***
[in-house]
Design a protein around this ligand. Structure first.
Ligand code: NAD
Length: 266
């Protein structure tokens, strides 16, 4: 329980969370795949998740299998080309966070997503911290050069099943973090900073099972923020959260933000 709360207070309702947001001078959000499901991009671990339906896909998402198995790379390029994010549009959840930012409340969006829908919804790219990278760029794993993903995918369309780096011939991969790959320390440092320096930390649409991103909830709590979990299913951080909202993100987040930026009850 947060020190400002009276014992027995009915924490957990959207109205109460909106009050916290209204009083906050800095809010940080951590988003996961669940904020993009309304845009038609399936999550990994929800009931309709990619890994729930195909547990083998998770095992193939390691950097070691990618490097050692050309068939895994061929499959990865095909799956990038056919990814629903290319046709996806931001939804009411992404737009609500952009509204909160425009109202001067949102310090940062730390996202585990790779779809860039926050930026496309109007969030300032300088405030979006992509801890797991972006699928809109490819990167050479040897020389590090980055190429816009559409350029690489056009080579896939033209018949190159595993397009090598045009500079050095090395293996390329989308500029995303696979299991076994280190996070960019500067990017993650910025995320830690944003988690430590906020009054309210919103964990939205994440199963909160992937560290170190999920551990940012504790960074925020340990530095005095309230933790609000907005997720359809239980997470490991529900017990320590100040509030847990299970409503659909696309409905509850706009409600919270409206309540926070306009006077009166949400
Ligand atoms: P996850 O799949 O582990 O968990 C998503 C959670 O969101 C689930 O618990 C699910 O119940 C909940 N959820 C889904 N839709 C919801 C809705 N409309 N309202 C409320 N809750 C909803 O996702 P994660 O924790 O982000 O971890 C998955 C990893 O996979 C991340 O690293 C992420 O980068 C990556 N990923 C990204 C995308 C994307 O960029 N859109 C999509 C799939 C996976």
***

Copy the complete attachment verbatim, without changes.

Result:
[in-house]
Design a protein around this ligand. Structure first.
Ligand code: NAD
Length: 266
């Protein structure tokens, strides 16, 4: 329980969370795949998740299998080309966070997503911290050069099943973090900073099972923020959260933000 709360207070309702947001001078959000499901991009671990339906896909998402198995790379390029994010549009959840930012409340969006829908919804790219990278760029794993993903995918369309780096011939991969790959320390440092320096930390649409991103909830709590979990299913951080909202993100987040930026009850 947060020190400002009276014992027995009915924490957990959207109205109460909106009050916290209204009083906050800095809010940080951590988003996961669940904020993009309304845009038609399936999550990994929800009931309709990619890994729930195909547990083998998770095992193939390691950097070691990618490097050692050309068939895994061929499959990865095909799956990038056919990814629903290319046709996806931001939804009411992404737009609500952009509204909160425009109202001067949102310090940062730390996202585990790779779809860039926050930026496309109007969030300032300088405030979006992509801890797991972006699928809109490819990167050479040897020389590090980055190429816009559409350029690489056009080579896939033209018949190159595993397009090598045009500079050095090395293996390329989308500029995303696979299991076994280190996070960019500067990017993650910025995320830690944003988690430590906020009054309210919103964990939205994440199963909160992937560290170190999920551990940012504790960074925020340990530095005095309230933790609000907005997720359809239980997470490991529900017990320590100040509030847990299970409503659909696309409905509850706009409600919270409206309540926070306009006077009166949400
Ligand atoms: P996850 O799949 O582990 O968990 C998503 C959670 O969101 C689930 O618990 C699910 O119940 C909940 N959820 C889904 N839709 C919801 C809705 N409309 N309202 C409320 N809750 C909803 O996702 P994660 O924790 O982000 O971890 C998955 C990893 O996979 C991340 O690293 C992420 O980068 C990556 N990923 C990204 C995308 C994307 O960029 N859109 C999509 C799939 C996976």